The Japan Society of Obstetrics and Gynecology on Saturday proposed expanding the scope of cases where the use of pre-implantation diagnosis is permissible.
At the first meeting of its ethics committee to include sociologists, patient support groups, and pediatrics and genetics doctors, the society proposed that pre-implantation diagnosis be applied to patients with hereditary diseases that greatly affect their daily lives, including those for which no effective remedy is available or that require highly advanced therapy.
The organization also proposed removing the age limit for the diagnosis, which is aimed at examining fertilized eggs for genes related to serious inheritable diseases.
The society has so far tolerated the use of pre-implantation diagnosis only for people who have genes relate to severe hereditary diseases, such as those that could cause patients to die before they grow up or require artificial ventilators.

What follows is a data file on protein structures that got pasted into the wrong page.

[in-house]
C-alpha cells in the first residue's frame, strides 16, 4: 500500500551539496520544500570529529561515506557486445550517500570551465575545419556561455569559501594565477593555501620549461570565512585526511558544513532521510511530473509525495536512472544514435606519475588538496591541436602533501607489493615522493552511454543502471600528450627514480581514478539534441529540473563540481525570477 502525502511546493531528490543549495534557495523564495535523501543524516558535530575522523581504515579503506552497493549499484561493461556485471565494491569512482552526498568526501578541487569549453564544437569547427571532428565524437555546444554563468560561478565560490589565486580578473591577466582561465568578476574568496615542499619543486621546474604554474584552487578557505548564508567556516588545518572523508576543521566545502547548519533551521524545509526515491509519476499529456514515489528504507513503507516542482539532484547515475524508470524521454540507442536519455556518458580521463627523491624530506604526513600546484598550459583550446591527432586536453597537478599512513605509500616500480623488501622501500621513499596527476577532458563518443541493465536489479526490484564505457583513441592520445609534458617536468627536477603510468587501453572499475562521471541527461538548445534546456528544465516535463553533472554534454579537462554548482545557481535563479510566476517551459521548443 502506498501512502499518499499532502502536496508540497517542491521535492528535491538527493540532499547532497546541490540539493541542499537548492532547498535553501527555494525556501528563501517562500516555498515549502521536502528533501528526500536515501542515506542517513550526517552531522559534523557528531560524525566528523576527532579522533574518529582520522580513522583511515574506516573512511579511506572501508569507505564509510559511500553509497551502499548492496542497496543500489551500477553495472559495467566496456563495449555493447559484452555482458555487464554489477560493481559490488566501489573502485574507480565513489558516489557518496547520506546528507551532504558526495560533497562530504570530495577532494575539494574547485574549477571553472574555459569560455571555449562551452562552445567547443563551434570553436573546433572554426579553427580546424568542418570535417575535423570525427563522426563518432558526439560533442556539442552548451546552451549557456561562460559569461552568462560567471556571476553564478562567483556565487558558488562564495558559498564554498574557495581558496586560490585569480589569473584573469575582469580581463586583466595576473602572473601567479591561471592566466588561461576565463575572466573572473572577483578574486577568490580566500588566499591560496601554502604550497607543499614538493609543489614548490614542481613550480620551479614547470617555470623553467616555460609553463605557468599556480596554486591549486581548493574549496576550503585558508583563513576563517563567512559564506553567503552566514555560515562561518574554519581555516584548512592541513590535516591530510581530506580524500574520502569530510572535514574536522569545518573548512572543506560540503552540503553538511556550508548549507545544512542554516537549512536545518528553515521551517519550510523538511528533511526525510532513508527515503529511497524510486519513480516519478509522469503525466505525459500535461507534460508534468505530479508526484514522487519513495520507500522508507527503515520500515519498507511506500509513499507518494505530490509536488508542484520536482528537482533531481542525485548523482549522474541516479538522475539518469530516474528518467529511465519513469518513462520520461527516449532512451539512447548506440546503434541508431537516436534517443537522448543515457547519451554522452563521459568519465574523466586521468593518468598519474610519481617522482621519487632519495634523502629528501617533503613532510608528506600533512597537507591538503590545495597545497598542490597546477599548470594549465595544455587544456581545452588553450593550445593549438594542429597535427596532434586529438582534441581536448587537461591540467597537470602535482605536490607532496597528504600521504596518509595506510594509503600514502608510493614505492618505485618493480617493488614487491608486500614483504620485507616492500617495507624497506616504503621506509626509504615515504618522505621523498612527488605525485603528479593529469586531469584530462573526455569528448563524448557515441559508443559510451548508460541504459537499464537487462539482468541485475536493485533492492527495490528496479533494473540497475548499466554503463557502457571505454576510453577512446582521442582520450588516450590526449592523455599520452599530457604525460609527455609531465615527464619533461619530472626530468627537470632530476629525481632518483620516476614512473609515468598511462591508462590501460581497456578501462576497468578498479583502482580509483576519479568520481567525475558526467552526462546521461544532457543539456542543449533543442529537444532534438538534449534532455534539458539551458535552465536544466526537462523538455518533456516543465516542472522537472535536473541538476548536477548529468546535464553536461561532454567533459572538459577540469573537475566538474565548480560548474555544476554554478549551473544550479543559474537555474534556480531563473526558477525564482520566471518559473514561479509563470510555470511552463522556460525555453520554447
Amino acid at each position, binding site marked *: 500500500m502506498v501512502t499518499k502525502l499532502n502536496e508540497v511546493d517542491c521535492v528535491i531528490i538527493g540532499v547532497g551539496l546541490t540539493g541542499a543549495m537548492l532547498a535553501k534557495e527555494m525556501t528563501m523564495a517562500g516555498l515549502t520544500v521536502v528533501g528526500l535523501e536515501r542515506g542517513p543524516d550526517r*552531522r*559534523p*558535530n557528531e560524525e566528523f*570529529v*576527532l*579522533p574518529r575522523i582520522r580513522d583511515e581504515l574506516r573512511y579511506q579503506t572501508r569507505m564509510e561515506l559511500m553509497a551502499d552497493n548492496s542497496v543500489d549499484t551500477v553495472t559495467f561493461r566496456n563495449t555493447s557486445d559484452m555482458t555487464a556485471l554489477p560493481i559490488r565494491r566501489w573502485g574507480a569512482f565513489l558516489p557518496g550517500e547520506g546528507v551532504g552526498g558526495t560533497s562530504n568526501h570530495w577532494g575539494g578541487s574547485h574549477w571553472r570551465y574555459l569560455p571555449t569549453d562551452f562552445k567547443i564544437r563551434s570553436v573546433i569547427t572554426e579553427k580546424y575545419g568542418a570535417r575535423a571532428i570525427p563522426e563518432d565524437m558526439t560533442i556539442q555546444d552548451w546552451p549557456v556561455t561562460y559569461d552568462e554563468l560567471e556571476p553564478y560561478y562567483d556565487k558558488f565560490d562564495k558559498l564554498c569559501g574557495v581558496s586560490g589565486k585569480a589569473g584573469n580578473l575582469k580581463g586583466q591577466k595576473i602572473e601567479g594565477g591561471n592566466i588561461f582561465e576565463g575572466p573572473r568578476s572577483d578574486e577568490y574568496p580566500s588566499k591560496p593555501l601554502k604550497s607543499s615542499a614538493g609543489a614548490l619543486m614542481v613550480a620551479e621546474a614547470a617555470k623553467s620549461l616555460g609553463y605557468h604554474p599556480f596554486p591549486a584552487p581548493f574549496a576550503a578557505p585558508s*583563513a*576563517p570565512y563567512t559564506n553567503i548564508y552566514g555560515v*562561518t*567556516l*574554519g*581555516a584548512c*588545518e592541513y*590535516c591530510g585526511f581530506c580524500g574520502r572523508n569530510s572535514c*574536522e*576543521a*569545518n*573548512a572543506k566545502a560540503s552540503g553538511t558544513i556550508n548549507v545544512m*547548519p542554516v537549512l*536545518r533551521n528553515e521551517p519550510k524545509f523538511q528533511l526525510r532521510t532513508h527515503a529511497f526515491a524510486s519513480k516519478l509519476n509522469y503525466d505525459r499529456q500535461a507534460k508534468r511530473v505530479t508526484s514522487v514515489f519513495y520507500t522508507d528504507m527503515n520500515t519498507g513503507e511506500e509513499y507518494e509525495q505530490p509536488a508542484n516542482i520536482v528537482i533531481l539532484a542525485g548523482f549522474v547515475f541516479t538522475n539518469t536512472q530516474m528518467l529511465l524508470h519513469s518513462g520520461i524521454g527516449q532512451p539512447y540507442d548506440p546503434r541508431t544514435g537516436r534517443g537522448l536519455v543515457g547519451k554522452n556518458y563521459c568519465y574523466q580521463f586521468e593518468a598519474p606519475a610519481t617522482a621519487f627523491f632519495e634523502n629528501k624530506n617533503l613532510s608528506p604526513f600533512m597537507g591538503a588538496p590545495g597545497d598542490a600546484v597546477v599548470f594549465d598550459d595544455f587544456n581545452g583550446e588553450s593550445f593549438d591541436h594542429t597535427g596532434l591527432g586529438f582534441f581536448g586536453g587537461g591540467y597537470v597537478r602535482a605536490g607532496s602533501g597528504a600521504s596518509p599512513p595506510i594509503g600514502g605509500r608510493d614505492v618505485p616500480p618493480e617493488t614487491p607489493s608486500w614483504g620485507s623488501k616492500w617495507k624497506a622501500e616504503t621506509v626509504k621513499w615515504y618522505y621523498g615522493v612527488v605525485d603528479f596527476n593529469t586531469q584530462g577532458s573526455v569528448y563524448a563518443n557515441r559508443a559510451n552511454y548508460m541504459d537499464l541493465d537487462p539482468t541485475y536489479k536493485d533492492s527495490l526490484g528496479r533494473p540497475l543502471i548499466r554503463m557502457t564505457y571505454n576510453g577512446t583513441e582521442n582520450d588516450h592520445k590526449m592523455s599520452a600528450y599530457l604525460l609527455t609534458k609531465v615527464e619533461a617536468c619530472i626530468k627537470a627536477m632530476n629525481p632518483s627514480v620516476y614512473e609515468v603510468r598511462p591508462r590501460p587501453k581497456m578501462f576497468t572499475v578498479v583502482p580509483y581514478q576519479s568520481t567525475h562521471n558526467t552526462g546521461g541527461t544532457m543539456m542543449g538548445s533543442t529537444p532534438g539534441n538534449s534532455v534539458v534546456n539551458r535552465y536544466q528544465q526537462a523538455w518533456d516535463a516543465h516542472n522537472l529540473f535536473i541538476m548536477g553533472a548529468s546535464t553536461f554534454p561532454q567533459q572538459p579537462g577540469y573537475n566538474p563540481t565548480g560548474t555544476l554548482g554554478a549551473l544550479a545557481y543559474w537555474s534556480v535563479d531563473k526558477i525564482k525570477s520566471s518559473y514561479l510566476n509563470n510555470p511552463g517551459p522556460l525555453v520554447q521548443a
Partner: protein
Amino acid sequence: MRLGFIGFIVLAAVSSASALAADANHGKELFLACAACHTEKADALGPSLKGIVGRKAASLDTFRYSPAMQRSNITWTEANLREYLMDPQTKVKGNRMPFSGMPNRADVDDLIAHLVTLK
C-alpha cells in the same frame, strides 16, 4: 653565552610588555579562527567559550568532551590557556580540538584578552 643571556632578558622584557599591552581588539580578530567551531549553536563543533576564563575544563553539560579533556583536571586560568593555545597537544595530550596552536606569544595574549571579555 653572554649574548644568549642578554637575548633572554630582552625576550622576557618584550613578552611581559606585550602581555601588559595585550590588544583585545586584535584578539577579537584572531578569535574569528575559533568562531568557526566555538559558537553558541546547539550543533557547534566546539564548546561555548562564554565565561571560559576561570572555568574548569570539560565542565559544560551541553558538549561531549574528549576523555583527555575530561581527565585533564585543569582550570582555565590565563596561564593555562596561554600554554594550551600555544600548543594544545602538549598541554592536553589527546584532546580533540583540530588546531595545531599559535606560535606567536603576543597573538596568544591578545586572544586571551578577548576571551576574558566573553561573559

At the meeting, the proposal was supported by doctors while sociologists and others expressed caution. One of the cautious members said, “We should consider changing the current society in which it is difficult to give birth to babies with diseases,” and another stated, “Pre-implantation diagnosis is a technology leading to the selection of life.”
The obstetrics and gynecology society started considering the possibility of expanding the application of pre-implantation diagnosis after a woman with retinoblastoma, a type of eye cancer, in Osaka Prefecture, filed for the use of the technique in 2018.
The society plans to reach a conclusion on the issue after holding some more meetings of the ethics committee by April.